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# Define Continuous Charge Distributions?

Sachin Tyagi
31 Points
12 years ago
We have seen how to calculate the forces due to point charges. It may applications, however, electric forces are exerted by charged objects in the form of rods, plates, or solids. For simplicity we assume that the objects are insulators and that charge is spread throughout the surface or volume of the object, forming a continuous charge distribution.

Coulomb’s law applies only to point charges, and we therefore cannot use coulomb’s law in its point charge from to calculate the force exerted by one charged rod on the other. It is possible to imagine the rods to be covered with point charges and to use Coulomb’s law to calculate the force exerted by each point charge of one rod on each point charge of the other, but such an approach would be hopelessly complicated if the rods carry the small charge of only 1 nC, it would be necessary to consider 1010 point charges on each rod!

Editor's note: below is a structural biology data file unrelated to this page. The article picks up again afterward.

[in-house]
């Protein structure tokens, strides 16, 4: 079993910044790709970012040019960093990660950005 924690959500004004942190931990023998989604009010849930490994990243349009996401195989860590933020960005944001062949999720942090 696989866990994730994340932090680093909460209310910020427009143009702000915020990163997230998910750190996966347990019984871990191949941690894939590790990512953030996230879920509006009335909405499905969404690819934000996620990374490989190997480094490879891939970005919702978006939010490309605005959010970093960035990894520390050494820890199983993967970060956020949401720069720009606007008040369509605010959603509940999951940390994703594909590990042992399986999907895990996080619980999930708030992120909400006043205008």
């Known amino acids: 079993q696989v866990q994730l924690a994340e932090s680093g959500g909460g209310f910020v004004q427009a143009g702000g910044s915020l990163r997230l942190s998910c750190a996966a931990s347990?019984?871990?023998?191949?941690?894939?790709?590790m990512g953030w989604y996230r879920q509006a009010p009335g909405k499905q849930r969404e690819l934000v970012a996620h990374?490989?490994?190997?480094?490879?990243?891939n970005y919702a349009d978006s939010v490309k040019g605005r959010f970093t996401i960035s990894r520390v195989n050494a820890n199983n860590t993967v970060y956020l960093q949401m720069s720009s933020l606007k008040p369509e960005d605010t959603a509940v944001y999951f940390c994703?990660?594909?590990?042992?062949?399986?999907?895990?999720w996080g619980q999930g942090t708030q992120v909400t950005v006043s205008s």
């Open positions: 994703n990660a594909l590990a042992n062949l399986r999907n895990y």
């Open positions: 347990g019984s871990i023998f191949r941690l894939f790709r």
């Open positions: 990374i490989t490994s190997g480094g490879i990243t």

Instead, we return to an idea from Franklin’s time and regard the charge as a continuous property. The basic procedure is to divide the charge into infinitesimal elements and use the methods of calculus to find the total force due to all the elements.